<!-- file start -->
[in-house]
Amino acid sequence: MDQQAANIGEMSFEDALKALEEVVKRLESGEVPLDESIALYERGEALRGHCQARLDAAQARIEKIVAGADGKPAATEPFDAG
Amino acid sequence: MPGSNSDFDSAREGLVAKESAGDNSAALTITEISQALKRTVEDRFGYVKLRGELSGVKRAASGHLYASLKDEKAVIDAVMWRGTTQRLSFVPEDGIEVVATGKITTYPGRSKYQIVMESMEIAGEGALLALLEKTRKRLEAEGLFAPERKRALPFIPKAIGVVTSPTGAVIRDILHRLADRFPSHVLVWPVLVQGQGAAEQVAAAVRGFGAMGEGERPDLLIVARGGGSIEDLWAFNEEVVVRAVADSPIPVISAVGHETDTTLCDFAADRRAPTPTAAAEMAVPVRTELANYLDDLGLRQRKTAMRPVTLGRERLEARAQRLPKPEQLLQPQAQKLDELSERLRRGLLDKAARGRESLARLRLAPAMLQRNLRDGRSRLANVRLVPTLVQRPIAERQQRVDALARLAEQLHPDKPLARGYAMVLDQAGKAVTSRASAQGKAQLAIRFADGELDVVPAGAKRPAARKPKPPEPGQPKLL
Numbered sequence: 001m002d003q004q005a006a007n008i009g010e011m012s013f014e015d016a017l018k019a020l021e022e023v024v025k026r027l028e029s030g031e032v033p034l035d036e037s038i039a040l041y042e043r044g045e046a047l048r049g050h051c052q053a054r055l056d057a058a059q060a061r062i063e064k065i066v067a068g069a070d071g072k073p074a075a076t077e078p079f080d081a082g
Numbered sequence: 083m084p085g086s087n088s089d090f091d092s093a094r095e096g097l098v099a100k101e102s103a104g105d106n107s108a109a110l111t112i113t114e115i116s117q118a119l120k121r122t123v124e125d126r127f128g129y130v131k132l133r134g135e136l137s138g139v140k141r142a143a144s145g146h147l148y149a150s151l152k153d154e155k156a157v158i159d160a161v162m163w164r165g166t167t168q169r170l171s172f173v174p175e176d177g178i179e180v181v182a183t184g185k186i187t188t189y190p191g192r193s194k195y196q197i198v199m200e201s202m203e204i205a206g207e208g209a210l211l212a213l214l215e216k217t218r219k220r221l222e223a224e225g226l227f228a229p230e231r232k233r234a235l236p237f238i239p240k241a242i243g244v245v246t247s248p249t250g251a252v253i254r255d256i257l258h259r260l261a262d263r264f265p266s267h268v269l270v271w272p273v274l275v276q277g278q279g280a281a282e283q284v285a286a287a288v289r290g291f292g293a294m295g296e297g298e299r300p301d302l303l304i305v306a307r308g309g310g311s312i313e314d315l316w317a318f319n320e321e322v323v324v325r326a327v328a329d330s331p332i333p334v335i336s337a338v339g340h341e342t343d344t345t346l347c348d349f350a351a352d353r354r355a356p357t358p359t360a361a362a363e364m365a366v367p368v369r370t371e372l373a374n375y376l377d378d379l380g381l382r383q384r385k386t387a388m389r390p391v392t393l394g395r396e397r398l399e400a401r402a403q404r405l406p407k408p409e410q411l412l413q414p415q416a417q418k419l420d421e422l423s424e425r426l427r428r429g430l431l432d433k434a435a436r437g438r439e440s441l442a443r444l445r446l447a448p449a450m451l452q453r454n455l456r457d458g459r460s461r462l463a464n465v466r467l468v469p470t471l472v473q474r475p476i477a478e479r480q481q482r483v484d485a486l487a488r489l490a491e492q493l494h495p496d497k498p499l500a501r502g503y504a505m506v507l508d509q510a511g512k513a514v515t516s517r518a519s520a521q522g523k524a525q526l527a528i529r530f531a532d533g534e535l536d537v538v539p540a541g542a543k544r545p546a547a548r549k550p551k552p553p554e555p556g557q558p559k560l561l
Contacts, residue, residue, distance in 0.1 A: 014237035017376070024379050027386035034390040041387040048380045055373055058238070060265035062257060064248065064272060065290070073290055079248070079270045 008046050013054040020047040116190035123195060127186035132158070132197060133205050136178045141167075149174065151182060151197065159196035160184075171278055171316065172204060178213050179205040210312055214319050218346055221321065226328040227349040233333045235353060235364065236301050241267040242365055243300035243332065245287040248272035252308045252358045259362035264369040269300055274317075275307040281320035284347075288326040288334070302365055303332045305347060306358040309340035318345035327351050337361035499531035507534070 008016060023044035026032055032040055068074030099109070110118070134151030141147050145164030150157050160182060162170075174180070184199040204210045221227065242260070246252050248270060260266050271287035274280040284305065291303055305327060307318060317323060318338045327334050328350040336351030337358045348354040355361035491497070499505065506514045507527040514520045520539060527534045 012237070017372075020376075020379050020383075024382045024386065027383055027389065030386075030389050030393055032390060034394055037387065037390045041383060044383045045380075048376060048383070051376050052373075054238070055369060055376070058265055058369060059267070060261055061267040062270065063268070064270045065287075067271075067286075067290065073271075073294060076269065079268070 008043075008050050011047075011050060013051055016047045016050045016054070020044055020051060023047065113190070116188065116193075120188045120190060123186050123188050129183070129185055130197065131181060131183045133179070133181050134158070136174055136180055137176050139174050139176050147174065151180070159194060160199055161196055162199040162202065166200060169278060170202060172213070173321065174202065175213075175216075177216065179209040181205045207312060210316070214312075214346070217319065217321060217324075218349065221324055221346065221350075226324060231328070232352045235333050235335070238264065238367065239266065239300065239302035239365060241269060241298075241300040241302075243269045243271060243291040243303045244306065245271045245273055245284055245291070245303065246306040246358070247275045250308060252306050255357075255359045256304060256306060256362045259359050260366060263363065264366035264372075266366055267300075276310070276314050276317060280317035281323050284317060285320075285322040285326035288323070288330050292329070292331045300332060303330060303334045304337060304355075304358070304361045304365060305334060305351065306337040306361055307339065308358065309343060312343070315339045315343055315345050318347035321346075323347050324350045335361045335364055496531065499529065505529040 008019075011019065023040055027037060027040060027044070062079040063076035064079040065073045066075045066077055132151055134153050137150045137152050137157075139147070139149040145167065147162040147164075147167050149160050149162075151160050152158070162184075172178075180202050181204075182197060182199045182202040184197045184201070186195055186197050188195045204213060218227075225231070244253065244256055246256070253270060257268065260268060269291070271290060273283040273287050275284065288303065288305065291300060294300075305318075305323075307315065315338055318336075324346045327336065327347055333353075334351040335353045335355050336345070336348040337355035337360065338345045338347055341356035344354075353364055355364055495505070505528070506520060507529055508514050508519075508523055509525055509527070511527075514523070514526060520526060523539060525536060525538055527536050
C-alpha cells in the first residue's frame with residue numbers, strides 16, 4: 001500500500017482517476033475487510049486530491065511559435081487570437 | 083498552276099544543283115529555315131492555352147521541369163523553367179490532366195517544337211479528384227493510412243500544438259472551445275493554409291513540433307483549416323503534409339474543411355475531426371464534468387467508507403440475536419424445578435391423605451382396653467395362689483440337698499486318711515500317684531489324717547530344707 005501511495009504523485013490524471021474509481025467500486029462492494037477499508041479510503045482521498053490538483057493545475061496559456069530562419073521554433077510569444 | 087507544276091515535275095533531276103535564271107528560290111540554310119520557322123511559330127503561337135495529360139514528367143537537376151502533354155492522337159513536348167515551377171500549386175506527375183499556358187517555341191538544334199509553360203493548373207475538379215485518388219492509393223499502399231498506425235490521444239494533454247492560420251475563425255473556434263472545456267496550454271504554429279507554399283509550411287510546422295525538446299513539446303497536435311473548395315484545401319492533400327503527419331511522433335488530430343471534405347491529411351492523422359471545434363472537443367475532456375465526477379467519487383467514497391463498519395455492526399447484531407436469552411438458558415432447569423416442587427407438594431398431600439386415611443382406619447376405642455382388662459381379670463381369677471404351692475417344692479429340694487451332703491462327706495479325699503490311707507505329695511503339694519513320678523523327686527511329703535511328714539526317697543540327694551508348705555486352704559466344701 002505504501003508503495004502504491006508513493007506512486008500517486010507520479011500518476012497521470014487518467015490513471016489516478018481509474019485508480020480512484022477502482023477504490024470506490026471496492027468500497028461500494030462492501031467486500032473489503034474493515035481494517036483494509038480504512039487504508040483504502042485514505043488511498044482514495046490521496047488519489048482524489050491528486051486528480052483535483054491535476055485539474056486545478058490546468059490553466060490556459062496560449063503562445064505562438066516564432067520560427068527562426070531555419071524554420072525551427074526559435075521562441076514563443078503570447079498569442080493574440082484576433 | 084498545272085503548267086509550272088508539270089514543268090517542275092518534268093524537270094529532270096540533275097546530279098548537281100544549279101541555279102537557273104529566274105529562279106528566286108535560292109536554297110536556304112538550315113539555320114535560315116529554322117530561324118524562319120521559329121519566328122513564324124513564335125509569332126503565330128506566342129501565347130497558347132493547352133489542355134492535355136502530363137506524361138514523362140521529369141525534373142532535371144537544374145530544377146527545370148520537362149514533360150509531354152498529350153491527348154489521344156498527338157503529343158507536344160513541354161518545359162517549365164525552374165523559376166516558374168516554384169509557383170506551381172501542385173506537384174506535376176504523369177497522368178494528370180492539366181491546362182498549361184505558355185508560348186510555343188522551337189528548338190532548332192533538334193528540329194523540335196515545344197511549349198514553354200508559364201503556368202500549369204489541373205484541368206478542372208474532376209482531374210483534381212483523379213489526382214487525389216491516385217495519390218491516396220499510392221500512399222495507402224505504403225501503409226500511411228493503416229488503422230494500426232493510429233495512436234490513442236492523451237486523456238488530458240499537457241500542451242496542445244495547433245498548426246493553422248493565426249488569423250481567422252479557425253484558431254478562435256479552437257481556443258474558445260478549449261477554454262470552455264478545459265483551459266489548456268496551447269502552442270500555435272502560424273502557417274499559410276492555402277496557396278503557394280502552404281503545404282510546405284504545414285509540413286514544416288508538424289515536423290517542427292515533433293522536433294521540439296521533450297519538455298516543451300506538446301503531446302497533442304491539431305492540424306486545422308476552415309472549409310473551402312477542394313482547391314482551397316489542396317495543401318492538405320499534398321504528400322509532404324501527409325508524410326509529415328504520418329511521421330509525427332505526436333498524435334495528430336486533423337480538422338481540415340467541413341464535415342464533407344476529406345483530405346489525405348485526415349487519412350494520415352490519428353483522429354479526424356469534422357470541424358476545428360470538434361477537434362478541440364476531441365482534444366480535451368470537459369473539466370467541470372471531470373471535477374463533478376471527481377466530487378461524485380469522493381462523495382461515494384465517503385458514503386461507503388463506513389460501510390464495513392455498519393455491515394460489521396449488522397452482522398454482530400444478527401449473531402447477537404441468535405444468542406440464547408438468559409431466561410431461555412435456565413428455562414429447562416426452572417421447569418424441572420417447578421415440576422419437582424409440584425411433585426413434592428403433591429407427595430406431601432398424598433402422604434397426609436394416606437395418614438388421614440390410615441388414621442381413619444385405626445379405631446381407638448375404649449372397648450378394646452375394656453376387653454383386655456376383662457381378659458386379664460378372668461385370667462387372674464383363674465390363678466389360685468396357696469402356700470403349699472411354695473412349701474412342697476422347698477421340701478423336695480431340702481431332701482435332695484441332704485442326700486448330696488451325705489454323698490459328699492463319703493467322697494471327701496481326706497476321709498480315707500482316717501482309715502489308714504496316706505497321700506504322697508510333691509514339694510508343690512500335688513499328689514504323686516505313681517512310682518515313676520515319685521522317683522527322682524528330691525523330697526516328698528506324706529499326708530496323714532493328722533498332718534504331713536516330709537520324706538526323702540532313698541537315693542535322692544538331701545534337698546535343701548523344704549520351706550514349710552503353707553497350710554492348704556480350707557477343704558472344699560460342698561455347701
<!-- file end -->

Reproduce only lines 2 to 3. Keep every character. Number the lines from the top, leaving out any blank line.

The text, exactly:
Amino acid sequence: MDQQAANIGEMSFEDALKALEEVVKRLESGEVPLDESIALYERGEALRGHCQARLDAAQARIEKIVAGADGKPAATEPFDAG
Amino acid sequence: MPGSNSDFDSAREGLVAKESAGDNSAALTITEISQALKRTVEDRFGYVKLRGELSGVKRAASGHLYASLKDEKAVIDAVMWRGTTQRLSFVPEDGIEVVATGKITTYPGRSKYQIVMESMEIAGEGALLALLEKTRKRLEAEGLFAPERKRALPFIPKAIGVVTSPTGAVIRDILHRLADRFPSHVLVWPVLVQGQGAAEQVAAAVRGFGAMGEGERPDLLIVARGGGSIEDLWAFNEEVVVRAVADSPIPVISAVGHETDTTLCDFAADRRAPTPTAAAEMAVPVRTELANYLDDLGLRQRKTAMRPVTLGRERLEARAQRLPKPEQLLQPQAQKLDELSERLRRGLLDKAARGRESLARLRLAPAMLQRNLRDGRSRLANVRLVPTLVQRPIAERQQRVDALARLAEQLHPDKPLARGYAMVLDQAGKAVTSRASAQGKAQLAIRFADGELDVVPAGAKRPAARKPKPPEPGQPKLL